Seems that these days, everyone's got a way to record potential news going on around them - whether it's digital cameras, video recorders, or cell phones - there's plenty of options, and people are using them to report current events.
Take the recent "taser" incident at the John Kerry event in Florida. According to Howard Kurtz at the Washington Post:
"CNN aired the footage last Tuesday hours after receiving it (Clarissa Jessup also posted it on YouTube), sparking a national debate over whether the police went too far or the journalism student got what he deserved. Without those pictures, the story would have been a mere blip"
Call it a fad, call it a phenomenon, call it whatever you'd like, but citizen journalism is a reality - and it's playing an integral part in newsrooms nationwide.
On top of it, networks have a veritable army of reporters - all for free.
In his article Kurtz tells of some astounding numbers of "citizen journalist" submissions to the major networks:
- -- Fox has received nearly 40,000 videos and pictures in six months under its uReport initiative.
- -- MSNBC's FirstPerson program has drawn 28,000 submissions since its launch in late April.
- -- At CNN, the first cable network to launch such an effort 14 months ago, more than 60,000 videos and pictures have poured in from its "I-Reporters."
This is no small feat, and shows the power of everyday people reporting the news. It's so strong that each of these networks have spent time and money creating a system for their viewers to submit the news - and it makes delivery that much faster. Think about it, a person on the scene has video of an event - an accident, a disaster, etc - there's no way the network could've gotten footage...until now.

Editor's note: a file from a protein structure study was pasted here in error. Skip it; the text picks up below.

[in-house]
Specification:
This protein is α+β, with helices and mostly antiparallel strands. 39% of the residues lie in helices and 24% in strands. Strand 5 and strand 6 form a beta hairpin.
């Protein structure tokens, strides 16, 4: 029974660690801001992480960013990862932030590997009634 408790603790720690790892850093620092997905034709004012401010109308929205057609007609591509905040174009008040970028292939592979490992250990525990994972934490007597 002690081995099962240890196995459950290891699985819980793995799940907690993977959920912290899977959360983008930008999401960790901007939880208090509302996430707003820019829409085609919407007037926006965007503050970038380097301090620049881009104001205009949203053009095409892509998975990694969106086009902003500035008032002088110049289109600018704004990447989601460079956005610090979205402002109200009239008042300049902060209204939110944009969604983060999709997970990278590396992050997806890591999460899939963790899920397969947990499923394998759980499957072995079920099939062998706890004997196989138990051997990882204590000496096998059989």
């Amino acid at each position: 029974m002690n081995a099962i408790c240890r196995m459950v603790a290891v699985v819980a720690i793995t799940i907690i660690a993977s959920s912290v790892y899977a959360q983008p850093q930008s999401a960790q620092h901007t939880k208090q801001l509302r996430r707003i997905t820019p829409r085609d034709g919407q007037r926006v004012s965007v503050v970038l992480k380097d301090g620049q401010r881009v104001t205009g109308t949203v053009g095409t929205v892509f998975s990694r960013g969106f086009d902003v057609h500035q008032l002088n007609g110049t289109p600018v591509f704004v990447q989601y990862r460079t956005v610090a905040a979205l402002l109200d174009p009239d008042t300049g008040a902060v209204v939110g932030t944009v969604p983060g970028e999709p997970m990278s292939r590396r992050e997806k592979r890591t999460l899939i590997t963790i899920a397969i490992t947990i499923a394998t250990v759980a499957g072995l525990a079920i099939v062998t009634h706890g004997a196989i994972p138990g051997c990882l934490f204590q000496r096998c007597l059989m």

This is revolutionizing the news industry in some ways. Kurtz continues:
Some stories might not exist without cellphone cameras, such as the footage of Michael Richards's racist rant at a comedy club. And such footage can be valuable. TMZ.com, the gossip site that pays for information, obtained the Richards video.
The rise of citizen newsgathering is changing the news business in subtle ways. It's an extension of the Facebook culture, in which members post hundreds of pictures of themselves, and the YouTube ethos, where pointing and shooting can capture "macaca"-type embarrassments. And it sends a signal that anyone, not just well-dressed professionals with good hair and a resonant voice, can be a journalist.
Not only is this changing the mainstream newsrooms - but it's also opening up a wider market - one where virtually anyone with a good idea and some technical skills can develop a virtual newsroom online.
It's the goal, for example, of the Knight News Challenge, which is giving away development cash of about $5 million for “innovative new media projects that serve the needs of local communities.”
One thing's for sure, the face of the newsroom, and the news that's being reported, is changing. And, it's not the result of a new editorial style, but rather, it's due to technical innovation, citizen involvement, and consumer demand for better reporting.